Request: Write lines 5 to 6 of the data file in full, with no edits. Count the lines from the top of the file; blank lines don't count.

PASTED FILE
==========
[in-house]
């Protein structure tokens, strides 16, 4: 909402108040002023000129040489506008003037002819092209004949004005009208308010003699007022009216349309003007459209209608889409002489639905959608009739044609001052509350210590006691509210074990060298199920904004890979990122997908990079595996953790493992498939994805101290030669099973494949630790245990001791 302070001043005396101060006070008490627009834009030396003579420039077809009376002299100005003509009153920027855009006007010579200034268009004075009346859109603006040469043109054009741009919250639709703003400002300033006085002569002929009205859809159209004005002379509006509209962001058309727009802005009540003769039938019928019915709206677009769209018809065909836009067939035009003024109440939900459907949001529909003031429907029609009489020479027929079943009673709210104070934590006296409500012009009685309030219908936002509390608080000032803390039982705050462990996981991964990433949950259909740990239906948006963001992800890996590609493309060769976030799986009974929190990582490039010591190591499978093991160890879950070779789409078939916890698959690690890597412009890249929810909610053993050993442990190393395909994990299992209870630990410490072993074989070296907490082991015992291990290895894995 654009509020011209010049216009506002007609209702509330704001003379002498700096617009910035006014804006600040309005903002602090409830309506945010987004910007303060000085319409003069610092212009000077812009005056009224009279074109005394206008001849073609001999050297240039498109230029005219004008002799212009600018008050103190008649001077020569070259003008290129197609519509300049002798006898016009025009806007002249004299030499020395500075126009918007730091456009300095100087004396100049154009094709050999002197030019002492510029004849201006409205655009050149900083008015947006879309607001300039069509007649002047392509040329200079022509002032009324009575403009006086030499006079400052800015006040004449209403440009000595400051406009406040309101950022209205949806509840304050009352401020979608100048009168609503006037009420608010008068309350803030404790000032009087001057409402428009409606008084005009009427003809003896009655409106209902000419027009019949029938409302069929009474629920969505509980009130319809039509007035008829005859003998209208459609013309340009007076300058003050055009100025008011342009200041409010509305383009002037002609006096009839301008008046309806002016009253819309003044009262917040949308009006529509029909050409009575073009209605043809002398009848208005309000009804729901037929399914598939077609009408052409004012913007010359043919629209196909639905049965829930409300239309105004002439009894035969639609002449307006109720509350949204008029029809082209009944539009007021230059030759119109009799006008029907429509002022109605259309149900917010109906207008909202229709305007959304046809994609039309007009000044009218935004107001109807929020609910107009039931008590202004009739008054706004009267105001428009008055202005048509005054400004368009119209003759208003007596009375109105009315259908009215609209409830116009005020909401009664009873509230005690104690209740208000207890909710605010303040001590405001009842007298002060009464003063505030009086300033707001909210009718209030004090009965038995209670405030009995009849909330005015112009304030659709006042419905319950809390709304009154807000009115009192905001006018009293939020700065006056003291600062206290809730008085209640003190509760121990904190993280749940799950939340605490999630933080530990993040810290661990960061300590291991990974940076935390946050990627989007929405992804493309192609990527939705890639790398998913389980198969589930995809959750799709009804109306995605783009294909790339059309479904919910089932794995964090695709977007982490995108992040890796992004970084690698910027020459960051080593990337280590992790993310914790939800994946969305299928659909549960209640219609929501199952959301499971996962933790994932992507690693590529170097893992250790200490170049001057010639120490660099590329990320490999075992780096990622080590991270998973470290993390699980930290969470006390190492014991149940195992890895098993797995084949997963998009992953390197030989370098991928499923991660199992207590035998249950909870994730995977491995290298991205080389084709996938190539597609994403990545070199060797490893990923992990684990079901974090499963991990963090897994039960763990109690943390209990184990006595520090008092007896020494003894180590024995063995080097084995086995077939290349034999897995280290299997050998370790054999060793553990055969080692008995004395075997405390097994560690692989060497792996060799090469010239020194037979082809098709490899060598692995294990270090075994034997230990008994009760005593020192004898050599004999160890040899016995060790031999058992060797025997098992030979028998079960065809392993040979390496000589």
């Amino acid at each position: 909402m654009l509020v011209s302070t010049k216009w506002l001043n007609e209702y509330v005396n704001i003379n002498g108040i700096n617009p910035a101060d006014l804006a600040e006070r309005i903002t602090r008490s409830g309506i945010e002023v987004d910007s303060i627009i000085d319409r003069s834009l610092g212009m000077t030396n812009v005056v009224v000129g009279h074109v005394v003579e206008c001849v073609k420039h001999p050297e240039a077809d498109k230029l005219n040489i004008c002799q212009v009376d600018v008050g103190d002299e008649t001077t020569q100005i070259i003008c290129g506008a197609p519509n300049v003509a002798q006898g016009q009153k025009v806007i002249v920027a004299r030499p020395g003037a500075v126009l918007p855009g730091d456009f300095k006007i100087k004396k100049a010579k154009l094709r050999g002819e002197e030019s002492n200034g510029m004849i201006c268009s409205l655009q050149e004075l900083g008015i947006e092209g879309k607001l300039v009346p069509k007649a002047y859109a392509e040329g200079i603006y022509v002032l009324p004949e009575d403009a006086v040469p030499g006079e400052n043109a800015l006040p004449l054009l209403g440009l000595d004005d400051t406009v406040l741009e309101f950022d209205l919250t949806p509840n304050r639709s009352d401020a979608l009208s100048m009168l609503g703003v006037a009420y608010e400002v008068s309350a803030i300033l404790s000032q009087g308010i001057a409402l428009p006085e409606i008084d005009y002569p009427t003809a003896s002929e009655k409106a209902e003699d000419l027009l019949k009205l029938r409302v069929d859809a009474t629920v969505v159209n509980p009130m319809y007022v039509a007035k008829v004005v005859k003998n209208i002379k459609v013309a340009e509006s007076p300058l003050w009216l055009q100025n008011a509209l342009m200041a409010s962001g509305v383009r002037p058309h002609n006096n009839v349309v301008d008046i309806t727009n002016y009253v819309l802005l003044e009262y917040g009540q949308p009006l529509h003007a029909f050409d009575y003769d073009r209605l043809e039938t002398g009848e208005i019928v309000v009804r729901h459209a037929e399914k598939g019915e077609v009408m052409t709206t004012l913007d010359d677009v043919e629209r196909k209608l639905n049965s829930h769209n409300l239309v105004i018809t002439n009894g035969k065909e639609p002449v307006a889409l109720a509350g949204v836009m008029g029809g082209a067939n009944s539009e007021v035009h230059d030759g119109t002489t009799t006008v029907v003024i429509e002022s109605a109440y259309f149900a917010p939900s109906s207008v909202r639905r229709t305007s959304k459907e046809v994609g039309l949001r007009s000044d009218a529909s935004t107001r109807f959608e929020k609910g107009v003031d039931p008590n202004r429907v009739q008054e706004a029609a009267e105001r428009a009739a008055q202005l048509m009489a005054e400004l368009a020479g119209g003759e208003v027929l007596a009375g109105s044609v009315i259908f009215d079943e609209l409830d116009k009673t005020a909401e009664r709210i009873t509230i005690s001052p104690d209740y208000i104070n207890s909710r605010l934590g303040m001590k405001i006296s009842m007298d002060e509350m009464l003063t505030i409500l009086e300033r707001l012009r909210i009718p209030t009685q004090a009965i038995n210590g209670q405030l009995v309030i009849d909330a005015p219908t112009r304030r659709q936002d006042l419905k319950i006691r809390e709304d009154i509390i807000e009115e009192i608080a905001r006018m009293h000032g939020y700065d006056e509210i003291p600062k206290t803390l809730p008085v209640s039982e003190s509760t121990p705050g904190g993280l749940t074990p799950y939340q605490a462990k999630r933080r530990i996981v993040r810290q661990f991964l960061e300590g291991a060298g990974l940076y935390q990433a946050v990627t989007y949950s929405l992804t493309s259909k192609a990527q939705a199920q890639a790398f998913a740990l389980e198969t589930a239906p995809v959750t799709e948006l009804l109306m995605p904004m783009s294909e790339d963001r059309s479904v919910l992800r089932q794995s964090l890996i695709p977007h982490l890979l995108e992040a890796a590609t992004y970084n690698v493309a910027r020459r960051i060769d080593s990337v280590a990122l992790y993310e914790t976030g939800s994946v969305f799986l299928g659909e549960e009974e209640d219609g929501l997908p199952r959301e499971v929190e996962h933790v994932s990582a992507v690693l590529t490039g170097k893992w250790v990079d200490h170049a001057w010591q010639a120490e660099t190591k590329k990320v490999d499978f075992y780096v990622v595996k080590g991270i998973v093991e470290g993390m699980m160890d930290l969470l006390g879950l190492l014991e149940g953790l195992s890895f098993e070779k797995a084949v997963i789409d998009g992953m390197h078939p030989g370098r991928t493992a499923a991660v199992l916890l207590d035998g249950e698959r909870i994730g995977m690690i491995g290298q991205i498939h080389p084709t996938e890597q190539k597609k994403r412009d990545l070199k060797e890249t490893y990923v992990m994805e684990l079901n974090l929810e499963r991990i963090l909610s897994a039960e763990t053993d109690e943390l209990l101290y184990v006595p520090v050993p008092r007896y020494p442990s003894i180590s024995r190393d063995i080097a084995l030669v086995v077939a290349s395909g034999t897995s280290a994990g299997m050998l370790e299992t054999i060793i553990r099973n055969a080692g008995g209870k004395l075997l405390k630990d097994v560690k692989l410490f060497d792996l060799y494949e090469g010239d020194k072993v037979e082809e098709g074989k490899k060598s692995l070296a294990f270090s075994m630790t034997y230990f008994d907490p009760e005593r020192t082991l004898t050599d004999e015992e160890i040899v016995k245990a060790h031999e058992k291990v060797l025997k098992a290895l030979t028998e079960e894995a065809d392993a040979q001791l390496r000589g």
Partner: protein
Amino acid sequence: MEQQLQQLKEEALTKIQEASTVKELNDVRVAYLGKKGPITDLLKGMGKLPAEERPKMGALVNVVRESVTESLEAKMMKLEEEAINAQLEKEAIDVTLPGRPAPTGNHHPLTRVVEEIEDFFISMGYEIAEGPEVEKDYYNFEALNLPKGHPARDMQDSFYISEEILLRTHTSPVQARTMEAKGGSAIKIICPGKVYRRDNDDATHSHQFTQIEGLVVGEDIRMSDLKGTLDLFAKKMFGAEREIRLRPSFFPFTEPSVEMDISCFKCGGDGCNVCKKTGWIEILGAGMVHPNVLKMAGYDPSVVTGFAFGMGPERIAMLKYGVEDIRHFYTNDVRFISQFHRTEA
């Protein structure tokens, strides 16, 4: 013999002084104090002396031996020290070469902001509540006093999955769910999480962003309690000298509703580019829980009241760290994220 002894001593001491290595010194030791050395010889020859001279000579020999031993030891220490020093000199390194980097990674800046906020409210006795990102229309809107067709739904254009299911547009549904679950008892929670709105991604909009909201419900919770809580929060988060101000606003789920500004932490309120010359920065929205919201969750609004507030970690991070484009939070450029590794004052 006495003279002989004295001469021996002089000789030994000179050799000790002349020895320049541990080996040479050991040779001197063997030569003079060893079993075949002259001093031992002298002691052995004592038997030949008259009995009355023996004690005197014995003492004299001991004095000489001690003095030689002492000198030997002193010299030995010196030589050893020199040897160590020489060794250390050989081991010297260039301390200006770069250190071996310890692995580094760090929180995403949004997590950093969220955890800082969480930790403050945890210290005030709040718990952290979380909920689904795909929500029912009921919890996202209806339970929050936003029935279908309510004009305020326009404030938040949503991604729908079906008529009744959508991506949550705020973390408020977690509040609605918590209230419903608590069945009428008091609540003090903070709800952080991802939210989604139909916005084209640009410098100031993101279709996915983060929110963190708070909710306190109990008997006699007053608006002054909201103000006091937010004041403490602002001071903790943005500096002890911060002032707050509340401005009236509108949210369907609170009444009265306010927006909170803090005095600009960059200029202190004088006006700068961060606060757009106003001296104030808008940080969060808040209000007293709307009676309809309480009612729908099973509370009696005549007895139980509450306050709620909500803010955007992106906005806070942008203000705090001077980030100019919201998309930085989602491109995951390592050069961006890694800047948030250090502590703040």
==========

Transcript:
Amino acid sequence: MEQQLQQLKEEALTKIQEASTVKELNDVRVAYLGKKGPITDLLKGMGKLPAEERPKMGALVNVVRESVTESLEAKMMKLEEEAINAQLEKEAIDVTLPGRPAPTGNHHPLTRVVEEIEDFFISMGYEIAEGPEVEKDYYNFEALNLPKGHPARDMQDSFYISEEILLRTHTSPVQARTMEAKGGSAIKIICPGKVYRRDNDDATHSHQFTQIEGLVVGEDIRMSDLKGTLDLFAKKMFGAEREIRLRPSFFPFTEPSVEMDISCFKCGGDGCNVCKKTGWIEILGAGMVHPNVLKMAGYDPSVVTGFAFGMGPERIAMLKYGVEDIRHFYTNDVRFISQFHRTEA
């Protein structure tokens, strides 16, 4: 013999002084104090002396031996020290070469902001509540006093999955769910999480962003309690000298509703580019829980009241760290994220 002894001593001491290595010194030791050395010889020859001279000579020999031993030891220490020093000199390194980097990674800046906020409210006795990102229309809107067709739904254009299911547009549904679950008892929670709105991604909009909201419900919770809580929060988060101000606003789920500004932490309120010359920065929205919201969750609004507030970690991070484009939070450029590794004052 006495003279002989004295001469021996002089000789030994000179050799000790002349020895320049541990080996040479050991040779001197063997030569003079060893079993075949002259001093031992002298002691052995004592038997030949008259009995009355023996004690005197014995003492004299001991004095000489001690003095030689002492000198030997002193010299030995010196030589050893020199040897160590020489060794250390050989081991010297260039301390200006770069250190071996310890692995580094760090929180995403949004997590950093969220955890800082969480930790403050945890210290005030709040718990952290979380909920689904795909929500029912009921919890996202209806339970929050936003029935279908309510004009305020326009404030938040949503991604729908079906008529009744959508991506949550705020973390408020977690509040609605918590209230419903608590069945009428008091609540003090903070709800952080991802939210989604139909916005084209640009410098100031993101279709996915983060929110963190708070909710306190109990008997006699007053608006002054909201103000006091937010004041403490602002001071903790943005500096002890911060002032707050509340401005009236509108949210369907609170009444009265306010927006909170803090005095600009960059200029202190004088006006700068961060606060757009106003001296104030808008940080969060808040209000007293709307009676309809309480009612729908099973509370009696005549007895139980509450306050709620909500803010955007992106906005806070942008203000705090001077980030100019919201998309930085989602491109995951390592050069961006890694800047948030250090502590703040």